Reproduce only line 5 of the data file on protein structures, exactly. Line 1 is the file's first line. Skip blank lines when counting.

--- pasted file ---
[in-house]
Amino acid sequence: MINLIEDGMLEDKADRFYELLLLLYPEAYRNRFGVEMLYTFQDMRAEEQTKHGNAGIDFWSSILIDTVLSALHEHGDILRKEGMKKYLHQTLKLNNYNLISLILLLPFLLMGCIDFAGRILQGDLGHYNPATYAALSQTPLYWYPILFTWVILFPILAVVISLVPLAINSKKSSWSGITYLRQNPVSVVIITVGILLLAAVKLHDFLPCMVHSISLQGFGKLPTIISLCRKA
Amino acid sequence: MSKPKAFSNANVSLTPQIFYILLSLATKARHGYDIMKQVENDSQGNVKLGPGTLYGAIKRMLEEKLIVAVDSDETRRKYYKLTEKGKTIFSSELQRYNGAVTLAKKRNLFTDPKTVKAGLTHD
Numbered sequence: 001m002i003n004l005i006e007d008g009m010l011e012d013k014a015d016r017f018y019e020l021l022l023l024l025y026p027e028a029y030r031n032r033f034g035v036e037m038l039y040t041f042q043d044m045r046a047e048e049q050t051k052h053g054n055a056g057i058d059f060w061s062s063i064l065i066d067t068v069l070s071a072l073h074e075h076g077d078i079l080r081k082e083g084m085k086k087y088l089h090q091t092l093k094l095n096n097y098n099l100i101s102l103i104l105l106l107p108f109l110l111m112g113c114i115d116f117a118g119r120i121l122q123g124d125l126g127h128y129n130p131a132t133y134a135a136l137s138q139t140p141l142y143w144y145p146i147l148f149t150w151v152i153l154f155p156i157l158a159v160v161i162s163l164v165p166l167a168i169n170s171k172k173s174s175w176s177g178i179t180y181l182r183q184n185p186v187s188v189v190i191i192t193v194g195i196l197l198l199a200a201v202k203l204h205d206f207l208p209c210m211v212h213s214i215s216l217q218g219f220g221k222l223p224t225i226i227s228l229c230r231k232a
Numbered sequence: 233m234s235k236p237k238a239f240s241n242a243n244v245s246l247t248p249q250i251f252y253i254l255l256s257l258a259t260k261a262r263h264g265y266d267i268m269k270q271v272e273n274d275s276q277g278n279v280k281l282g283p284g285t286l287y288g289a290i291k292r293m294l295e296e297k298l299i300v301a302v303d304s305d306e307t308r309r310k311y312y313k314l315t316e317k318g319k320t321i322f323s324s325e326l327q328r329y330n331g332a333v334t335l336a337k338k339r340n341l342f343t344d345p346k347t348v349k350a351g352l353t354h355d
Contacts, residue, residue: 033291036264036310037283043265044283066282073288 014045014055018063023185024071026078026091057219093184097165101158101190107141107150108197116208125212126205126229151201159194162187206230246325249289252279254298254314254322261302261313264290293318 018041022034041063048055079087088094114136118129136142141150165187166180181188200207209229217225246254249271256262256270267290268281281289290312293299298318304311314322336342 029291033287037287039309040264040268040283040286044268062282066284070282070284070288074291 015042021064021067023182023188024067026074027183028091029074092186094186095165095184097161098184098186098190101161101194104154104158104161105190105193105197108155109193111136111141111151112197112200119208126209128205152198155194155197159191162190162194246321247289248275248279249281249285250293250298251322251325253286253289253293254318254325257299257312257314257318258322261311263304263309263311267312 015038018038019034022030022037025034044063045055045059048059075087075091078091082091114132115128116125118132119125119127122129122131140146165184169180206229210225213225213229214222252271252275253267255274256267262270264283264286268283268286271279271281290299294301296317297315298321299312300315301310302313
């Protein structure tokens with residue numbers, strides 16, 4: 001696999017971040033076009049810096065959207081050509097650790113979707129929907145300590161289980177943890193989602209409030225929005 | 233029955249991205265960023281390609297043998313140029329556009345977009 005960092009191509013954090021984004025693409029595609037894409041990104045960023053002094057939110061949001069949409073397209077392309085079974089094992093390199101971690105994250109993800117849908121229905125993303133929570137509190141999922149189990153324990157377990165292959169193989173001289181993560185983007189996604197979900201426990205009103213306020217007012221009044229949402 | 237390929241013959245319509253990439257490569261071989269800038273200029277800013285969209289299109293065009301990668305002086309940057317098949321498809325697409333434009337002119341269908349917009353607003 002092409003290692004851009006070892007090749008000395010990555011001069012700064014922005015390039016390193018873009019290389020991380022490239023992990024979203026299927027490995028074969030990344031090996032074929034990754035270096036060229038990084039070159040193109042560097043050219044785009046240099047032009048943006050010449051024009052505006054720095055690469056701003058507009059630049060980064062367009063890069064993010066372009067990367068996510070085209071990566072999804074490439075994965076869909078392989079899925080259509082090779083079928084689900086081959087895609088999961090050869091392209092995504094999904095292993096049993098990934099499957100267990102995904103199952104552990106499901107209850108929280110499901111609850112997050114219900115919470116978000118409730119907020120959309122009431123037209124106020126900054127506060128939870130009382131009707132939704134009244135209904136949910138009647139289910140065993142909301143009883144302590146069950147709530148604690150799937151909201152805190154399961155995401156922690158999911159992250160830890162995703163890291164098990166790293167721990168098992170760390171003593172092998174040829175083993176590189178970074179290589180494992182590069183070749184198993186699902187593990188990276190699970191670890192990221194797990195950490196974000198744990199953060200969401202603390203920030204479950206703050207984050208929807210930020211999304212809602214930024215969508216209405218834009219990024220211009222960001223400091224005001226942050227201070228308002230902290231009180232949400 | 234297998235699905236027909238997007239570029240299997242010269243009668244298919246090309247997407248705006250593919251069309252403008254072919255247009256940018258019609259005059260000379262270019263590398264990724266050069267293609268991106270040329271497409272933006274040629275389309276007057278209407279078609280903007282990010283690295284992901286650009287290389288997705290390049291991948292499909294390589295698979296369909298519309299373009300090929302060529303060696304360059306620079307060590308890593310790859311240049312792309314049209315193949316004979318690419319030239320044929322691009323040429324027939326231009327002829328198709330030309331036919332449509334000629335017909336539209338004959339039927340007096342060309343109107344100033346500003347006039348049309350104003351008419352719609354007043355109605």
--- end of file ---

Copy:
Numbered sequence: 233m234s235k236p237k238a239f240s241n242a243n244v245s246l247t248p249q250i251f252y253i254l255l256s257l258a259t260k261a262r263h264g265y266d267i268m269k270q271v272e273n274d275s276q277g278n279v280k281l282g283p284g285t286l287y288g289a290i291k292r293m294l295e296e297k298l299i300v301a302v303d304s305d306e307t308r309r310k311y312y313k314l315t316e317k318g319k320t321i322f323s324s325e326l327q328r329y330n331g332a333v334t335l336a337k338k339r340n341l342f343t344d345p346k347t348v349k350a351g352l353t354h355d